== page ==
Any chance that you have existing backups elsewhere that you could resume with… other drive, USB thumb drive, CD/DVD, cloud service such as DropBox? If not, get into the routine of producing amd testimg such frequently. Be paranoid. You can find discussions of backup strategies here in the forums and elsewhere.
Longer/adventurous version (pursue at your own risk):
First, I would suggest that you:
- Make sure you create backup copies of the corrupted project before attempting to do anything else with it… Backups produced via backup software and/or manual copies you make, using OS X’s file explorer (Finder?) or other manual copy procedure or tool, rather than made from within Scrivener (as you can’t get the project in question open in order to back it up via Scrivener). If you try any of the following, do so with one of these backup copies, not the original.
- Email tech support as discussed in
While waiting, the following might help in digging into salvaging the corrupted project…
A Scrivener project is not a single individual file, but rather a folder (name ending in .scriv) that contains subfolders and numerous files. On Mac OS X, this is concealed, with the project folder being treated as a “package”, presented to the user as though it is a single thing, with the internals hidden. On PC Windows, this is not concealed.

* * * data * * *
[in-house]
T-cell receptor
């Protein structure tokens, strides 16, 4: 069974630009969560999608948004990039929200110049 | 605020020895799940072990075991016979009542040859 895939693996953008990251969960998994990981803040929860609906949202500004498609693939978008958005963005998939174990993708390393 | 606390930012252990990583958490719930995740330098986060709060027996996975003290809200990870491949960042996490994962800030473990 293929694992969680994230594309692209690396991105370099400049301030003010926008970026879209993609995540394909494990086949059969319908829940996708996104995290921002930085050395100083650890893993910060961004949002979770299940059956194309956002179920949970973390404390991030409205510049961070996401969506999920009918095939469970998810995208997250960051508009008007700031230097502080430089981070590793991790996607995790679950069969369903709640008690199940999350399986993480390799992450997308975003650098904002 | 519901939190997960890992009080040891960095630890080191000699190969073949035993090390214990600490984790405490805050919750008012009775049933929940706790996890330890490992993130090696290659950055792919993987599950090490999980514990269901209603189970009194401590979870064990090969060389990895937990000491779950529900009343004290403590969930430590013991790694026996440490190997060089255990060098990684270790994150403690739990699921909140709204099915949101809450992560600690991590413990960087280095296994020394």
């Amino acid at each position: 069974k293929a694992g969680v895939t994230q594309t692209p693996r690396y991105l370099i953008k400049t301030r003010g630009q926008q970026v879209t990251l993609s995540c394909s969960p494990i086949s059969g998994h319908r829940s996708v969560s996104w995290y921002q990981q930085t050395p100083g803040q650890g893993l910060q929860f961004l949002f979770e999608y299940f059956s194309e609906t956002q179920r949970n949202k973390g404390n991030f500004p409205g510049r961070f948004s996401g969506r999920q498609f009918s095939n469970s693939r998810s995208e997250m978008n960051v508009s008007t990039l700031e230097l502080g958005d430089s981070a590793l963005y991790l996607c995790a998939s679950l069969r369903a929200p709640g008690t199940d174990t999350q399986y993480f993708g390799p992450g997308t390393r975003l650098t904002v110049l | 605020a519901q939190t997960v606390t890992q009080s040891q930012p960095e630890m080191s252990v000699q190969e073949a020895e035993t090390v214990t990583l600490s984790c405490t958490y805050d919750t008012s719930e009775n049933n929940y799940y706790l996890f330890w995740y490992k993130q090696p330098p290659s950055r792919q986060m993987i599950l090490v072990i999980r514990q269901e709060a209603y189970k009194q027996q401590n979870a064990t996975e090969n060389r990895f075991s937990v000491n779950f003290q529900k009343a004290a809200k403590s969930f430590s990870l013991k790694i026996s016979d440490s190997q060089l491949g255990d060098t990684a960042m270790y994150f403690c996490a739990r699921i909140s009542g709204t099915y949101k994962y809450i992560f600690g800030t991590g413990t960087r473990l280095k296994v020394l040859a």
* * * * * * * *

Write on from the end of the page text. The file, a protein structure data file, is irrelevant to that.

The fact that Scrivener cannot open a project tends to be indicative that something within the project folder has been corrupted, rather than that the entire contents have been lost. Hard drive failures, cloud synchronization issues, etc. can cause such situations.
A Scrivener project folder contains, among other things:
- Many numerically named document .RTF files (down in the Files\Docs subfolder)
- An index file (name ending in .scrivx, with full name being something like YOURPROJECTNAME.scrivx) in XML text format that ties the meaningful names (Title) documents have in the binder to their actual .RTF files (ID) numerical names.
- A search index file (down in the Files subfolder) in XML text format that contains Title, ID, and full plain text copy of the text from all the .RTF document files.
The contents of the document .RTF (rich text format) files can be viewed in some word processors and text editors.
The structured contents of the index files (in XML text format) are best viewed in XML-aware text editors. The one I’m familiar with is UltraEdit, available for OS X and Windows, for which a free full featured time limited evaluation copy is available for download. There are likely free XML-aware text editors available.
The files and editors mentioned should provide the ability to poke around (in one of the backup copies) in the corrupted project, get a sense of structure, and extract .RTF files or text with which to salvage or reconstruct the project.
For more on this in general, and how to get at the hidden project package contents on Mac OS X, search the forums (via search field in upper right hand corner) on “salvage package” and “salvage rtf”, and review the threads turned up.
I hope the above is of some assistance, and more help than hurt.